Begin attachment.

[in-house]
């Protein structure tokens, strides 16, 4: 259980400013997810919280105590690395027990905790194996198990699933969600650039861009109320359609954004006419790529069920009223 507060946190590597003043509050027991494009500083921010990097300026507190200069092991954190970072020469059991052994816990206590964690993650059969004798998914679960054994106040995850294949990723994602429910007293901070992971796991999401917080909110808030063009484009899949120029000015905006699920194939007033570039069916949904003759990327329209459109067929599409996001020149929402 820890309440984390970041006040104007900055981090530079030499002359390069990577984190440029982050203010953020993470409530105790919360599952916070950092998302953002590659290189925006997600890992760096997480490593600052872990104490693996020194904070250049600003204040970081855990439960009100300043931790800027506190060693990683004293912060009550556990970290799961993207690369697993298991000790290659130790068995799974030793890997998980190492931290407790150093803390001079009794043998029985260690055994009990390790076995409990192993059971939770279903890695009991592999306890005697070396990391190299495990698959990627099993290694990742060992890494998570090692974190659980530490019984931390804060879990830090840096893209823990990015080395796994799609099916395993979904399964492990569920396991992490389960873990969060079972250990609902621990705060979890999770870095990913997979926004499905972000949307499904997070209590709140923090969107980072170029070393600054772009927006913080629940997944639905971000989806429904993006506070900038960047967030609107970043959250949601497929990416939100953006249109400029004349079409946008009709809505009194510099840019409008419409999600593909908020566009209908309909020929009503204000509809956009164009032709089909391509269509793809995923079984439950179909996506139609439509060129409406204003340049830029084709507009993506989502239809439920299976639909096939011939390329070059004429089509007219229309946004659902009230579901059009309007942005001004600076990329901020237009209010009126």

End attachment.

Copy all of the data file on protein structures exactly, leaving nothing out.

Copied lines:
[in-house]
């Protein structure tokens, strides 16, 4: 259980400013997810919280105590690395027990905790194996198990699933969600650039861009109320359609954004006419790529069920009223 507060946190590597003043509050027991494009500083921010990097300026507190200069092991954190970072020469059991052994816990206590964690993650059969004798998914679960054994106040995850294949990723994602429910007293901070992971796991999401917080909110808030063009484009899949120029000015905006699920194939007033570039069916949904003759990327329209459109067929599409996001020149929402 820890309440984390970041006040104007900055981090530079030499002359390069990577984190440029982050203010953020993470409530105790919360599952916070950092998302953002590659290189925006997600890992760096997480490593600052872990104490693996020194904070250049600003204040970081855990439960009100300043931790800027506190060693990683004293912060009550556990970290799961993207690369697993298991000790290659130790068995799974030793890997998980190492931290407790150093803390001079009794043998029985260690055994009990390790076995409990192993059971939770279903890695009991592999306890005697070396990391190299495990698959990627099993290694990742060992890494998570090692974190659980530490019984931390804060879990830090840096893209823990990015080395796994799609099916395993979904399964492990569920396991992490389960873990969060079972250990609902621990705060979890999770870095990913997979926004499905972000949307499904997070209590709140923090969107980072170029070393600054772009927006913080629940997944639905971000989806429904993006506070900038960047967030609107970043959250949601497929990416939100953006249109400029004349079409946008009709809505009194510099840019409008419409999600593909908020566009209908309909020929009503204000509809956009164009032709089909391509269509793809995923079984439950179909996506139609439509060129409406204003340049830029084709507009993506989502239809439920299976639909096939011939390329070059004429089509007219229309946004659902009230579901059009309007942005001004600076990329901020237009209010009126």